On Jan. 1, California is scheduled to include gasoline, diesel and propane in its three-year-old, first-in-the-nation program that requires companies to buy carbon permits to cover their emissions of greenhouse gases. Yet a new report warns that design flaws in the cap-and-trade program could negatively impact markets that serve consumers.
Authored by Jean-Philippe Brisson, a carbon markets expert with the Latham and Watkins law firm in New York, the report commissioned by the Western States Petroleum Association (WSPA) cautions that design flaws “can result – and have resulted – in catastrophic implications for environmental markets around the globe.”
Posted July 18, 2014
Washington Examiner: The Obama administration announced Friday that it would allow exploration for oil and gas off some portions of the Atlantic Coast using sonic testing devices that environmentalists say harm marine life.
The Interior Department's Bureau of Ocean Energy Management gave the OK for seismic airgun testing, which are boat-towed cannons that shoot sonar blasts off the ocean floor to scan for oil-and-gas deposits, in the mid- and south-Atlantic areas that stretch from the Delaware Bay to just south of Cape Canaveral, Fla. The approval is a prelude to potential offshore drilling there, though that is blocked through 2017 under President Obama's five-year offshore drilling plan.
"The bureau has identified a path forward that addresses the need to update the nearly four-decade-old data in the region while protecting marine life and cultural sites,” said Acting BOEM Director Walter D. Cruickshank, who noted the agency has several permits on hand to conduct the seismic tests. “The bureau's decision reflects a carefully analyzed and balanced approach that will allow us to increase our understanding of potential offshore resources while protecting the human, marine and coastal environments.”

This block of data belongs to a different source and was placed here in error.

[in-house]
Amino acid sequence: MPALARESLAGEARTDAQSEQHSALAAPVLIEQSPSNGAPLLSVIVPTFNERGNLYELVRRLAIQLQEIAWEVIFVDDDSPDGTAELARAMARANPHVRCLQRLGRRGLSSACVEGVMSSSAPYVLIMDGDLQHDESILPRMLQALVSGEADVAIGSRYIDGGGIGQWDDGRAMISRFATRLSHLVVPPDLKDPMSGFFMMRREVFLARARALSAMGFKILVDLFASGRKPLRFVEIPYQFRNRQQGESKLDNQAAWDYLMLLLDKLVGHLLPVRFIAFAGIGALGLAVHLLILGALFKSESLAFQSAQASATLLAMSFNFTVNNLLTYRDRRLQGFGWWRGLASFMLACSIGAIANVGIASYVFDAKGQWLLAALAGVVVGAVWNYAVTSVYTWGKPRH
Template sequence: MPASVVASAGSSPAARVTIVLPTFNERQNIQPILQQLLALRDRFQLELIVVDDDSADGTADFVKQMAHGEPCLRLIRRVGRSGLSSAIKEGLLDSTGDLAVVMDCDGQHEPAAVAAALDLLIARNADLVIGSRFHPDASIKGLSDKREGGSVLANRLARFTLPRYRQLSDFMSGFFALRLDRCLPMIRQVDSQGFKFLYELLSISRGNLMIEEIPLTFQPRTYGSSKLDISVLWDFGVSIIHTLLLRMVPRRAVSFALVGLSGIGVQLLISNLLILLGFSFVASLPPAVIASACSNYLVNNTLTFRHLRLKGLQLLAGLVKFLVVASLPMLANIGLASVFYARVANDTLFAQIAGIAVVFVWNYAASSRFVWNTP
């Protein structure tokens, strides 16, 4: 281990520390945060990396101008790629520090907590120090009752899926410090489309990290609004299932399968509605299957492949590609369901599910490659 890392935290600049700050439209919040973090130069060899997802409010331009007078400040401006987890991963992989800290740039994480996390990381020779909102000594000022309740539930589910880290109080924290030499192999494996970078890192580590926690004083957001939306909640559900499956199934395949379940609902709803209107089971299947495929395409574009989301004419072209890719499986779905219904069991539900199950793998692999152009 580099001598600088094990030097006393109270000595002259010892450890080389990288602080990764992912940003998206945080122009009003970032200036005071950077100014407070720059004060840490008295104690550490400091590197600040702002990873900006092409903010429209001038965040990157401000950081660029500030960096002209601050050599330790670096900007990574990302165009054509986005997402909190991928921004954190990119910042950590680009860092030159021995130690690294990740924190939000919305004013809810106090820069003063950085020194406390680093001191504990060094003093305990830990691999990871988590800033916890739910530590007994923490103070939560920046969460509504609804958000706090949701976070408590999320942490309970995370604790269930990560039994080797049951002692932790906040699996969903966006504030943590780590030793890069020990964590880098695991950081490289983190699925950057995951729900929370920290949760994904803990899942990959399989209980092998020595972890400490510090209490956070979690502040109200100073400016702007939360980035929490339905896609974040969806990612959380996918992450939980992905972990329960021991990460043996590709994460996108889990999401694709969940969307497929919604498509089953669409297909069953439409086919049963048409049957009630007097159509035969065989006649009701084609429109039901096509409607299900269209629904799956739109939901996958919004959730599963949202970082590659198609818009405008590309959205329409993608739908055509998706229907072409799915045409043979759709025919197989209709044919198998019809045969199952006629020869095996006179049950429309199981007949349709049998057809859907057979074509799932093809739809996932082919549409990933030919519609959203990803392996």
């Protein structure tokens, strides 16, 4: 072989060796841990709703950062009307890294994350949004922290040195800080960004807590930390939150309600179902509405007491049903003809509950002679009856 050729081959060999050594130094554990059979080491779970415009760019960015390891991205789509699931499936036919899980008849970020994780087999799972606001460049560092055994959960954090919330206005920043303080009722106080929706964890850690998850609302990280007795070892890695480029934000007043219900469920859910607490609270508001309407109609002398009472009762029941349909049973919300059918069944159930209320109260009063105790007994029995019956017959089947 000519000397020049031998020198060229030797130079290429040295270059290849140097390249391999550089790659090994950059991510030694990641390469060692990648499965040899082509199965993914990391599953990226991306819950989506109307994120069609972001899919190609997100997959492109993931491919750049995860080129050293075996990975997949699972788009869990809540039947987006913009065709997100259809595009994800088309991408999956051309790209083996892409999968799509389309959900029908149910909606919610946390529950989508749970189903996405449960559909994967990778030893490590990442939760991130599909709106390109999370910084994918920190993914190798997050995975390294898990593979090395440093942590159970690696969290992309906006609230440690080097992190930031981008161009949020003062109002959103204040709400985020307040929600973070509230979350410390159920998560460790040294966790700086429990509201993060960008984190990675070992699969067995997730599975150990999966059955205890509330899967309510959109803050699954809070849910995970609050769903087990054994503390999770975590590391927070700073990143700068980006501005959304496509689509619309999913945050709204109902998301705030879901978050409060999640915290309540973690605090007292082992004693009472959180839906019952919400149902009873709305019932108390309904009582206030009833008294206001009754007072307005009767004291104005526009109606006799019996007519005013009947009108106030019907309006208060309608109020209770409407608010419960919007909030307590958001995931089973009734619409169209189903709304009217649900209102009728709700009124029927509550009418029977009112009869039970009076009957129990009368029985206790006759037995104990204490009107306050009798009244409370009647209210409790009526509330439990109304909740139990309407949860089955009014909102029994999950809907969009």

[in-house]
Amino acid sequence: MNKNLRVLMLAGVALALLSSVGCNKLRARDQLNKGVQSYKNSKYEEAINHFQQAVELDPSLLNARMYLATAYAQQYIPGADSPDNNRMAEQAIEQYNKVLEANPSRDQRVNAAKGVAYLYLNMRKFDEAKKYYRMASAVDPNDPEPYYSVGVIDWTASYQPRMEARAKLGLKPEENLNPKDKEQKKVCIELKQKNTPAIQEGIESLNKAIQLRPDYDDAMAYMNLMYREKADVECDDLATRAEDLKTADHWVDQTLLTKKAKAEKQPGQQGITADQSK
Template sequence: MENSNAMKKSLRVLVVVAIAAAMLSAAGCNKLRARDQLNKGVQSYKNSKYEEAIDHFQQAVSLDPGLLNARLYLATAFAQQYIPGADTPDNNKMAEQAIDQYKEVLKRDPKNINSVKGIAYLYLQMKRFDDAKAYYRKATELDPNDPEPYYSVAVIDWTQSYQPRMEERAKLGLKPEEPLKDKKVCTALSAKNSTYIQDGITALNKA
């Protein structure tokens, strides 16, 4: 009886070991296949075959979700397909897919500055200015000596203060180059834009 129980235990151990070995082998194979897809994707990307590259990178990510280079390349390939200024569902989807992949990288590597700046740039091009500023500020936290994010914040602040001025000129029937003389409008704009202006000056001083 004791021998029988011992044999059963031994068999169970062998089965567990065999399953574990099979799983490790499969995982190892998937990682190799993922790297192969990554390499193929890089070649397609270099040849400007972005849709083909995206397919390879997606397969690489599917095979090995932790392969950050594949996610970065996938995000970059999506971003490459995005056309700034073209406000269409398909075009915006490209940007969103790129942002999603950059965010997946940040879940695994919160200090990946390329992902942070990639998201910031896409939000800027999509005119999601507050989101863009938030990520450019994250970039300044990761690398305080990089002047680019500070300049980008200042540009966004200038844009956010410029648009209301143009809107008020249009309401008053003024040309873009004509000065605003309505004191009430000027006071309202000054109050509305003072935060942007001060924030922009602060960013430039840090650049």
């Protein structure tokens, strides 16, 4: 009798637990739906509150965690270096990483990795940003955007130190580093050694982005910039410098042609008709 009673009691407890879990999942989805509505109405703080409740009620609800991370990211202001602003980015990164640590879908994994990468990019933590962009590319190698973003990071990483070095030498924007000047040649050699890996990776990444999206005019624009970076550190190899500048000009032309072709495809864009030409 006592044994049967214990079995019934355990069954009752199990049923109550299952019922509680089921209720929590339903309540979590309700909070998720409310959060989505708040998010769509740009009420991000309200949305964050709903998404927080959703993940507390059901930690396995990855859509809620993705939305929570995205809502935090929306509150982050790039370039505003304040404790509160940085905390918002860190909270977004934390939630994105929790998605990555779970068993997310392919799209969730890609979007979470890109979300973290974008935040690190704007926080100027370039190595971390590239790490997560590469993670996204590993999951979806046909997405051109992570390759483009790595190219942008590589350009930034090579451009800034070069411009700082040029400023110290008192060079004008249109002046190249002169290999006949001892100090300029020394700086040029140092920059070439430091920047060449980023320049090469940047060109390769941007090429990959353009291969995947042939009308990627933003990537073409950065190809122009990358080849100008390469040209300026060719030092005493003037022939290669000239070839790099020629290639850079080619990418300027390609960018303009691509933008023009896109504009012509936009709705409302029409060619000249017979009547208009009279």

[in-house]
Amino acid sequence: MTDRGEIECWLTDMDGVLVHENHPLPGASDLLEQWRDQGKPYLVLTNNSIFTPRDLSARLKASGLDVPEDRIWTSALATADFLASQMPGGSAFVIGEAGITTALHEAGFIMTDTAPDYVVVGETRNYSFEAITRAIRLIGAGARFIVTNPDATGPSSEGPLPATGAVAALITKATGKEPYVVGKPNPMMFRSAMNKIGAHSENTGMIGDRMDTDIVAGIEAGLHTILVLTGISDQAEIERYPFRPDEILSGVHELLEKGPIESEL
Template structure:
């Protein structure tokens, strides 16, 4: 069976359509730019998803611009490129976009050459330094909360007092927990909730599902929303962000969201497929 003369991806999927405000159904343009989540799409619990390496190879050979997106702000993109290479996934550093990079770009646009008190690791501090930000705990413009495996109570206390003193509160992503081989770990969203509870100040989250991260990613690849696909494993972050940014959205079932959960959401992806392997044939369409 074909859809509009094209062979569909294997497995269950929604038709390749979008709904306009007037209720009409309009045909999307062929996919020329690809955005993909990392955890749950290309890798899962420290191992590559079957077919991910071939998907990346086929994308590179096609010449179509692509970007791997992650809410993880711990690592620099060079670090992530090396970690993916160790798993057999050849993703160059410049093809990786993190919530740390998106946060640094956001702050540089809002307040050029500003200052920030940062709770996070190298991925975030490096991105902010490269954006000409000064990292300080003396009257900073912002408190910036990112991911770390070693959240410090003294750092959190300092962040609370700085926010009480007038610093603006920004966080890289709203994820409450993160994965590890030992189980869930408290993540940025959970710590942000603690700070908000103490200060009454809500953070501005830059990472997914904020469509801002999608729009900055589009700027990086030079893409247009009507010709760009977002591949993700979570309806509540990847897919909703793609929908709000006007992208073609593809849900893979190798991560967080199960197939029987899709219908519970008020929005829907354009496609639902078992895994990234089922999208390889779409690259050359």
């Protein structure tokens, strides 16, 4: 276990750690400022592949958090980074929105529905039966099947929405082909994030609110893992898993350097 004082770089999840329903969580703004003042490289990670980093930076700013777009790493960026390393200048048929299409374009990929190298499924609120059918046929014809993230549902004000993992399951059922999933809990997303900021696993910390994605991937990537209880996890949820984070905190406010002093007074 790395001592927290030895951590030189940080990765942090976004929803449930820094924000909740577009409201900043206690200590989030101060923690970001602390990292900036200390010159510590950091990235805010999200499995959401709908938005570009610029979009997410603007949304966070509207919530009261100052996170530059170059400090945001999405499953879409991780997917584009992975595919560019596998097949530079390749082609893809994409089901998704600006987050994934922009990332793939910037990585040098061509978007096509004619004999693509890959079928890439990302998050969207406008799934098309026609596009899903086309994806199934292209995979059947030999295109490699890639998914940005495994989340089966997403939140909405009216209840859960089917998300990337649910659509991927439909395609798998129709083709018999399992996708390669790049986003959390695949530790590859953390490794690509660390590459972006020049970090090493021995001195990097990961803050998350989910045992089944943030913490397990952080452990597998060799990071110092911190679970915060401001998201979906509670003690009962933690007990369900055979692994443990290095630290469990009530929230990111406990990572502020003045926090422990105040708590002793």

Posted April 24, 2014
Washington Post: If foot-dragging were a competitive sport, President Obama and his administration would be world champions for their performance in delaying the approval of the Keystone XL pipeline.
Last Friday afternoon, the time when officials make announcements they hope no one will notice, the State Department declared that it is putting off a decision on Keystone XL indefinitely — or at least, it seems, well past November’s midterm elections. This time, the excuse is litigation in Nebraska over the proposed route, because that might lead to a change in the project that various federal agencies will want to consider. The State Department might even decide to substantially restart the environmental review process. This is yet another laughable reason to delay a project that the federal government has been scrutinizing for more than five years.
Posted April 23, 2014
Posted October 9, 2013
Fracking the U.S. Trade Deficit
Christian Science Monitor: The US is slowly chipping away at its trade deficit, which should create more jobs, more economic growth, less unemployment, and a smaller federal deficit.
And the boom in domestic energy production is a key factor behind that narrowing trade deficit Over the past decade, oil and gas production has surged at vast shale formations in Texas, North Dakota, Pennsylvania, and elsewhere across the US. That has led to a rise in exports of petroleum products and a reduction in the amount of oil and gas the US imports from abroad.
It's one benefit of the domestic hydraulic fracturing and horizontal drilling revolution that has stirred passion on all sides of the debate over America's energy future.
Read more: http://bit.ly/17XiSnK